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Etymology 1[edit]

re- +‎ fret


refret (third-person singular simple present refrets, present participle refretting, simple past and past participle refretted)

  1. (transitive) To replace the frets on (a musical instrument).
    Can you refret my guitar?

Etymology 2[edit]

From Middle English refreit, from Anglo-Norman refreit (response), refraindre (to sing a refrain); also Old French refreit (refrain). The Oxford English Dictionary suggests influence from an unattested Late Latin form, refrangere; compare Latin refractus (past participle). See refrain (noun), refract.

Alternative forms[edit]


refret (plural refrets)

  1. (obsolete) A refrain.
    • 1820, Samuel Weller Singer, William Shakespeare’s Hamlet Prince of Denmark[1], page 136:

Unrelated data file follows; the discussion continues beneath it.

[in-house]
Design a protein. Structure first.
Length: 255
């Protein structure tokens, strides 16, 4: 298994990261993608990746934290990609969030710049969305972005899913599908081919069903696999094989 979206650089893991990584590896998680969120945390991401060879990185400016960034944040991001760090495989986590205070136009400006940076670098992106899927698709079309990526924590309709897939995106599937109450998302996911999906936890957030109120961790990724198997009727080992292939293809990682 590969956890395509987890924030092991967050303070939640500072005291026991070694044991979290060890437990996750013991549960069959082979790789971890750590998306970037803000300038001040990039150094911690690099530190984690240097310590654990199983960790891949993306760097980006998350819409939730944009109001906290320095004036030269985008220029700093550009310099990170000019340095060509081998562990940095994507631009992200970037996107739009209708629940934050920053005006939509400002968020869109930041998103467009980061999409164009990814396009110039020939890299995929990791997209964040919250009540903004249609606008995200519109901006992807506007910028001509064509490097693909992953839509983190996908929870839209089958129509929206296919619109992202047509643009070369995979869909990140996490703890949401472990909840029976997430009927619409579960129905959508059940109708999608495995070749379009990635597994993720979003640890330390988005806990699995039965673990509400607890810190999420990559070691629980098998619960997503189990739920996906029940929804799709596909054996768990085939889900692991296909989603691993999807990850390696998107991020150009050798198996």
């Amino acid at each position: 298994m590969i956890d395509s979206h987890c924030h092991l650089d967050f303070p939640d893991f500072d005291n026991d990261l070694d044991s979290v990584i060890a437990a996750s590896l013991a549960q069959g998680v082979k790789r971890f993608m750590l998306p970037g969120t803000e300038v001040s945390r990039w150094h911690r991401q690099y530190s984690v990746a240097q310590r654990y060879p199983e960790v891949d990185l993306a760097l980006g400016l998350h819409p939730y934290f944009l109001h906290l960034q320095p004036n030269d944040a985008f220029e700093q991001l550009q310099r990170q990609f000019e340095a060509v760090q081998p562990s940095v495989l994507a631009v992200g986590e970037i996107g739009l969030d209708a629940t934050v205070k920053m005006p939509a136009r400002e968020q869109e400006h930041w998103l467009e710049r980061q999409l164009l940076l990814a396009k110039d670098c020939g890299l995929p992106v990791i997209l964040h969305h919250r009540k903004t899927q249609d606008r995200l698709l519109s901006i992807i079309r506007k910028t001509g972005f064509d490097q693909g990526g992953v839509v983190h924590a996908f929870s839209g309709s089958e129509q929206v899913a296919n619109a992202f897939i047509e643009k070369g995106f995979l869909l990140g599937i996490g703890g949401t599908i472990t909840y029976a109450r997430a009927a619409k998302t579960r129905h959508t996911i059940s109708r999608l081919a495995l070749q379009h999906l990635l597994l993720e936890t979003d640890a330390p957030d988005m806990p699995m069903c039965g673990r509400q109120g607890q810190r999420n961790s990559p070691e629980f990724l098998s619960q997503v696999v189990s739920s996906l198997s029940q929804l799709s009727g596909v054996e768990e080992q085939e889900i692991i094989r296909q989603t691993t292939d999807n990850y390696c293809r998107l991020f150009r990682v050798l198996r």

Our old English term refrette, ‘the foote of the dittie, a verse often interlaced, or the burden of a song,’ was probably from refrain; or from refresteler, to pipe over again. [] ‘Refrain, the refret, burthen, or downe of a ballad.’ All this discussion is rendered necessary, because Steevens unfortunately forgot to note from whence he made the following extract,
    • 1847, E.W. Hengstenberg, J.E. Ryland, transl., Dissertations on the Genuineness of the Pentateuch[2], volume 1, page 143:
      The refret or burden of the song in ver. 6, 8, 9, 10, “Yet have ye not returned to me,” [] alludes to Deut. iv. 29(30),